At the time I want to repartition a disk connected to USB, I destroyed by inattention my system disk one. Testdisk save my life.
The killing error :
cfdisk /dev/sda => modification => write.
well, as it should never be the case before changing partitions. I didn’t saved my partitions before !! :)
Include forecd option that save incrementally the partition table in (c)fdisk sould be nice, this only take few octets and could save lot of datas.
For information, you can do it with sfdisk, that create a simple text file, to be kept in protected (from deletion) place.
sfdisk /dev/sda -d sda.txt
To restore him :
sfdisk /dev/sda <sda.txt
Happily, I understood my mistake before restarting the OS (but should be the same just a little bit longer), with a rescue CD like (systemrescuecd or some system cd disks.
I seen tutorials that speak about old unmaintained gpart, tried, but take tenth of minutes (on an SSD), to find nothing.
I then tried the tool testdisk (command line with nice and easy menu text interface, included in most Linux distributions), and it found immediatly (less than 1 second) the good result. Perhaps the fact that partitions where following in sequence without hole help it ?
* If it’s not installed you still can install it without risk for your partition table, the system still use the old table as they are mounted: sudo apt-get install testdisk
* Launch testdisk in a terminal with the command sudo testdisk, anything else will be made using textmode semi-graphical menus.
* This start biwth the choice of the testdisk.log you can choos what seems better to you, I myself choose [No log] for a first test, that was good enough for the whole recovery process.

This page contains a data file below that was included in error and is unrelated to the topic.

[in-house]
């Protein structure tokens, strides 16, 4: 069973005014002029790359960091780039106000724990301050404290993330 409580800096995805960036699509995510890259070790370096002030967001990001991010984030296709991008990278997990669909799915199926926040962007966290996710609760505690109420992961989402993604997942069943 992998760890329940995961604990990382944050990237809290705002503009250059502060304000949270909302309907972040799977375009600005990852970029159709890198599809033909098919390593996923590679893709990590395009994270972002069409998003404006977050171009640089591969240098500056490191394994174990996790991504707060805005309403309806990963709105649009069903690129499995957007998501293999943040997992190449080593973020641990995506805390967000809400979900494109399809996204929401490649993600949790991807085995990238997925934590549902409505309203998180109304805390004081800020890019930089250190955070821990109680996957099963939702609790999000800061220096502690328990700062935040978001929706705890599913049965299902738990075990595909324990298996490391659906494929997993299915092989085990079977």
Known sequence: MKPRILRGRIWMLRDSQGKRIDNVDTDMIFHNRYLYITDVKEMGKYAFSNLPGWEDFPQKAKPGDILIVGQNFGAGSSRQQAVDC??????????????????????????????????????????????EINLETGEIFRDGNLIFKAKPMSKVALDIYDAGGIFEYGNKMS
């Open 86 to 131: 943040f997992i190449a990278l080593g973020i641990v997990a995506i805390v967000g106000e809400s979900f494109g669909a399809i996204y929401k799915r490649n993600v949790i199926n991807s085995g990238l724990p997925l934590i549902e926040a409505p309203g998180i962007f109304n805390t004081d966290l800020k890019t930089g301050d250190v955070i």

* Select a media: (for me:) Disk /dev/sda – 240 GB / 223 GiB – OCZ-VERTEX2
* Partition table type : typically on a PC : >[Intel ] Intel/PC partition (recent computer preinstalled with windows (like laptop or lowend pre-made computers) use generally EFI GPT since few time. There is also other choices (Sunos, Mac, xbox…), I wonder that if you destroyed your table, you know which kind of table it was.
* Choose the tool: >[ Analyse ] Analyse current partition structure and search for lost partitions. There are other interesting tools too.
* Quick search : Et voilà !!! It found the good table (well, that was my case). Warning, this table is still not restored. You can use a terminal and type df -h to see if this match the former table (as this should be mounted). You can eventually compare with previoulsy done fdisk -l. If everything is OK, cotinue by press enter.
* Write (or deeper search if that’s not good) : Write partition table, confirm ? (Y/N) type y et voilà, this time, that’s done.